Plus the fact that this guy, Bruce Fromong, was on medication.  He has major issues.  He‘s looking for the book or movie deal.  He wants Jack Nicholson to play him.  Everybody, you know, “Inside Edition” gets called because they‘re so frightened by all of this.  

ABRAMS:  All right.  You mentioned “Inside Edition.”  Here with Bruce Fromong being cross examined about why one of the phone calls that he made that day was to “Inside Edition”. 


UNIDENTIFIED MALE:  Before 911 was called, there was a conversation about calling “Inside Edition” for a producer somewhere in the media about what had just happened. 

FROMONG:  That is incorrect. 

UNIDENTIFIED MALE:  OK.  So that never happened? 

FROMONG:  It did happen, but not when you‘re stating.  

UNIDENTIFIED MALE:  OK.  It happened after the 911 call? 

FROMONG:  Yes.  I came back into the room and I believe if you check I said I have called “Inside Edition.”


ABRAMS:  All right.  Savannah Guthrie, am I accurate in saying that that guy who called “Inside Edition” the day this happened, is the cleanest of the prosecution witnesses who are going to be testifying against O.J.? 

GUTHRIE:  Well, perhaps.  We haven‘t seen them all yet.  But remember, the prosecutors like to put their strongest witness first and this was the first witness.  And, look, you look into this case and you see that everyone here has problems, has a past, and that is going to a problem for the prosecution. 

The other thing is you‘ve got three defendants now.  You‘ve got O.J.  and then the two other co-defendants.  These witnesses come on.  They have their direct testimony.  And then each defense lawyer gets to spend as long as he wants taking a crack at these people and undermining their credibility.  So it‘s some tough going in there for these witnesses.  

ABRAMS:  Susan, stronger case than you expected or weaker, now that you‘ve seen the beginning of it? 

FILAN:  Not as bad as I thought it was going to be.  And don‘t forget the name of the game today is just probable cause.  Will he be bound over for trial?

SUSKAUER:  Yes, he will be.  The defense doesn‘t expect to win that.  

ABRAMS:  He‘s going to go to trial.  We know that.  But the question everyone wants to know is he going to go to jail, right? 

FILAN:  Here is the problem with that.  There‘s 50 percent of the people that still love the juice.  They hug him.  They want his autographs.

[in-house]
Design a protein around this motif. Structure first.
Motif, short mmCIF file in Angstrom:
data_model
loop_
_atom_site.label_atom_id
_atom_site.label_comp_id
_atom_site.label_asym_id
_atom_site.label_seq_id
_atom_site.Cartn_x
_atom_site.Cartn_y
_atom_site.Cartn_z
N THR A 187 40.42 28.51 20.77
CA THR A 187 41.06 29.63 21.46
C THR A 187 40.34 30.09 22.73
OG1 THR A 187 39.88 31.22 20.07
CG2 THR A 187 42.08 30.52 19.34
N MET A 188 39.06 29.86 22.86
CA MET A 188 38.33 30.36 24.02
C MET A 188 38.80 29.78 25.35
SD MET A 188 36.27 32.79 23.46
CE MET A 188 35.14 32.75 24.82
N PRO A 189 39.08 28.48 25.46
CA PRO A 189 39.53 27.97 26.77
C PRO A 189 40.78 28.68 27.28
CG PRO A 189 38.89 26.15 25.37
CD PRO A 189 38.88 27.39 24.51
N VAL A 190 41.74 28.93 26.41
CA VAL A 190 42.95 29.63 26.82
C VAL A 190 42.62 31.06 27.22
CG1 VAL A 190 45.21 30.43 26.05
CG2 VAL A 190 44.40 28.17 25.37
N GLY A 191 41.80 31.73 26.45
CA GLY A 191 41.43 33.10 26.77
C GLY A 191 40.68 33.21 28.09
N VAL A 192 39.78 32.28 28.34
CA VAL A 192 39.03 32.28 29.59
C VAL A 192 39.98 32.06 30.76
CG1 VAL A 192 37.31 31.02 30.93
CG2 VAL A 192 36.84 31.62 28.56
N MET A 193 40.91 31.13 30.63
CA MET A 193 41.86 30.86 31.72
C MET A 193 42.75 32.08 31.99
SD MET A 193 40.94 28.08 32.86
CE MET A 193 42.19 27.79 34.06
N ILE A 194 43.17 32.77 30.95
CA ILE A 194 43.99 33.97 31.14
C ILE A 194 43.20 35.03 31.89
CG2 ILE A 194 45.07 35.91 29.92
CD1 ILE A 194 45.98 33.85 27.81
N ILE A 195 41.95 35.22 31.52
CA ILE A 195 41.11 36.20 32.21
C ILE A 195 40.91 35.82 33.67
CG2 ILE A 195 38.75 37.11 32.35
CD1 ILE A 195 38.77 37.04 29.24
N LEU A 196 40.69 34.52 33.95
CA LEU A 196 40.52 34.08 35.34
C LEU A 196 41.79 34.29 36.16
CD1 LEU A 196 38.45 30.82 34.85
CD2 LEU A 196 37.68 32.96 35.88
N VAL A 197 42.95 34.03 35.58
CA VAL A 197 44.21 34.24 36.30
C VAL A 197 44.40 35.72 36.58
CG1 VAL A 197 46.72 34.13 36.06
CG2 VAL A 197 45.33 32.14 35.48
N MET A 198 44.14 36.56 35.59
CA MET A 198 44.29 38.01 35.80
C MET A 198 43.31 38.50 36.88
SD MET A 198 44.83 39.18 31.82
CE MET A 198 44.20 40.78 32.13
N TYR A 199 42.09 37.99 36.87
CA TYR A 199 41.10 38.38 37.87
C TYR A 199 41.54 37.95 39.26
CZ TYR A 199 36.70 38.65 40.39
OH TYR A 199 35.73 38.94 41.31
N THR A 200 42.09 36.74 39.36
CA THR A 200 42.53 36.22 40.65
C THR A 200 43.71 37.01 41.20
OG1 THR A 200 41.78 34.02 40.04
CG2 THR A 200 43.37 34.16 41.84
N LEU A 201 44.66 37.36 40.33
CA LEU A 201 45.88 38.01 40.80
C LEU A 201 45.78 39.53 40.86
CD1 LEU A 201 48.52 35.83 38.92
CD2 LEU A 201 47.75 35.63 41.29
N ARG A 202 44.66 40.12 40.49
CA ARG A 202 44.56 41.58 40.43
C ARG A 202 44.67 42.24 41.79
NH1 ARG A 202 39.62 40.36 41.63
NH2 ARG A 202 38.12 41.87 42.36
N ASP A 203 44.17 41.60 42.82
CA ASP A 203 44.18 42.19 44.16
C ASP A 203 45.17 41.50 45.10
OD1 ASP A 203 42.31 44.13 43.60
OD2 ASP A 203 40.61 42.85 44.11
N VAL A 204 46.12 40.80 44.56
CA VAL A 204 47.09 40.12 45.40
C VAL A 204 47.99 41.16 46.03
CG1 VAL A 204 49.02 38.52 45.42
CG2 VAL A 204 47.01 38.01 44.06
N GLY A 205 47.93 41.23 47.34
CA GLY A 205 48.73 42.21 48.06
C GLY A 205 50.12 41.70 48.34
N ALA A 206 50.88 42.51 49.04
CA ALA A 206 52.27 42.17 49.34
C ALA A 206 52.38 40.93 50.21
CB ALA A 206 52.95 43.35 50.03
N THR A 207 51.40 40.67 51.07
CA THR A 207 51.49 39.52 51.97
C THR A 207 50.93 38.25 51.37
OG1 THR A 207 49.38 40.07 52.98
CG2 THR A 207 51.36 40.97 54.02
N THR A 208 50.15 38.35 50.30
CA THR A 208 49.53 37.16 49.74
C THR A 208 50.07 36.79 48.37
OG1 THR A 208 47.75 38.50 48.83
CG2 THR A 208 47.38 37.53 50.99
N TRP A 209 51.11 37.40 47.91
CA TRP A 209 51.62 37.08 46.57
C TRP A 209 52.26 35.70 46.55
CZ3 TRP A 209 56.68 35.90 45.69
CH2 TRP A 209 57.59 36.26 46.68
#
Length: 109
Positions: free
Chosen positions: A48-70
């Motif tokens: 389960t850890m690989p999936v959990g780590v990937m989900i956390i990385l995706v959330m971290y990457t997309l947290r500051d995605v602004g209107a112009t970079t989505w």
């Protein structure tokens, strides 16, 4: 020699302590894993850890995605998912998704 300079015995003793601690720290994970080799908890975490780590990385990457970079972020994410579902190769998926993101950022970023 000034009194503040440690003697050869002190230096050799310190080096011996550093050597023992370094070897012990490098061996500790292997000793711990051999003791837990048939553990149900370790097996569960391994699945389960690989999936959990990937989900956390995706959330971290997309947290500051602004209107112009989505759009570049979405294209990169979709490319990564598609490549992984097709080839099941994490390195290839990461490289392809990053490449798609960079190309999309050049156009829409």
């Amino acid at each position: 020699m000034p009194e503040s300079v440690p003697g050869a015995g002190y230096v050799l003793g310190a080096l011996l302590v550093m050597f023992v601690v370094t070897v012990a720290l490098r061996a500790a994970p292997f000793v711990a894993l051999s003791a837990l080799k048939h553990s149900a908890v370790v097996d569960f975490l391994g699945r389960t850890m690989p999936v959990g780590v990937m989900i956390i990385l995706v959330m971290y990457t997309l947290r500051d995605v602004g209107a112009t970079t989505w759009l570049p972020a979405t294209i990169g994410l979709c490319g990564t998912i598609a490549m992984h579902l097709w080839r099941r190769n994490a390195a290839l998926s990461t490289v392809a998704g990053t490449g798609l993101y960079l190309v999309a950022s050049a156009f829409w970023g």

ABRAMS:  Fifty percent do not.  I promise you it‘s not 50. 

FILAN:  I know you lived it, Dan.

ABRAMS:  There‘s no way.  The percentage of people who love him is probably - and this is not scientific.  


ABRAMS:  This is my guess - I‘m guessing it‘s something like 15, OK?  They all come up to him.

FILAN:  Right.

ABRAMS:  You know?  I mean they all walk up to him and say, “Hello.  Oh, my

gosh.  I love you, O.J.”  So he‘s in this, like, bubble -


ABRAMS:  Where he thinks, “Everyone loves me.  This is great.” 

FILAN:  And we need one bubble headed juror who is going to go not guilty

no matter what and he may not go to prison on this.  He may not be

convicted not just because the case has problems - 

ABRAMS:  It‘s a tough case, yes.

FILAN:  No.  No, not just because of the difficulties of a normal case

where you have real problems -

ABRAMS:  Because someone loves him?

FILAN:  But because he‘s O.J. Simpson.  And he believes he‘s being persecuted.  

ABRAMS:  Of course he does.  He always believes he is persecuted. 

FILAN:  He believes he‘s the victim in this.

ABRAMS:  No.  Of course, it‘s a civil trial.  He used to walk around in the

hallways complaining about how everyone is so unfair.  And focus on this -

FILAN:  Wait a second.

ABRAMS:  This minutia about how they got one thing wrong about what time someone was playing golf, and he would go crazy.  All right, go ahead, Michelle.

SUSKAUER:  I was just going to say, you know, if this was just somebody who had their personal items stolen, you‘re not going to have guys with this amount of credibility issues.  You‘re just not going to see a case like this being prosecuted.  But they‘re going to throw as much money as they possibly can to prosecute O.J. because he got away with it the first time.  And you‘re right, Dan, 15 percent of the population loves O.J.  Maybe 5 percent. 

ABRAMS:  Let me just actually reduce that number.  I don‘t even think 15 love O.J. I think 15 percent would walk up to O.J. and tell him that they love him.  All right.  

SUSKAUER:  Right.  

ABRAMS:  Savannah Guthrie, one word.  When do we expect this to be over, two days, three days? 

GUTHRIE:  Two, three, four, five?  I mean, it‘s going really slowly.  He‘s going to be in court on Saturday.

ABRAMS:  Enjoy yourself, Savannah.  Enjoy it.  Have fun.  Savannah Guthrie, Michelle Suskauer and Susan Filan.  Thanks a lot. 

GUTHRIE:  Thanks, Dan.

SUSKAUER:  Thanks, Dan.

FILAN:  Thanks.

ABRAMS:  Up next, a man steals an M60 tank.  That‘s right, a tank.  And goes on a rampage through the streets of San Diego.  And later, beautiful, busty baristas brewing up beans in a new Las Vegas coffee house appropriately named Sexxpresso.  That‘s coming up in “Winners and Losers.” 

And in a more serious note, we‘ve been reporting the senate holding its final debate in President Bush‘s attorney general nominee Michael Mukasey.  The contentious nomination will be voted on tonight.  We‘ll bring it to you if it happens within this hour.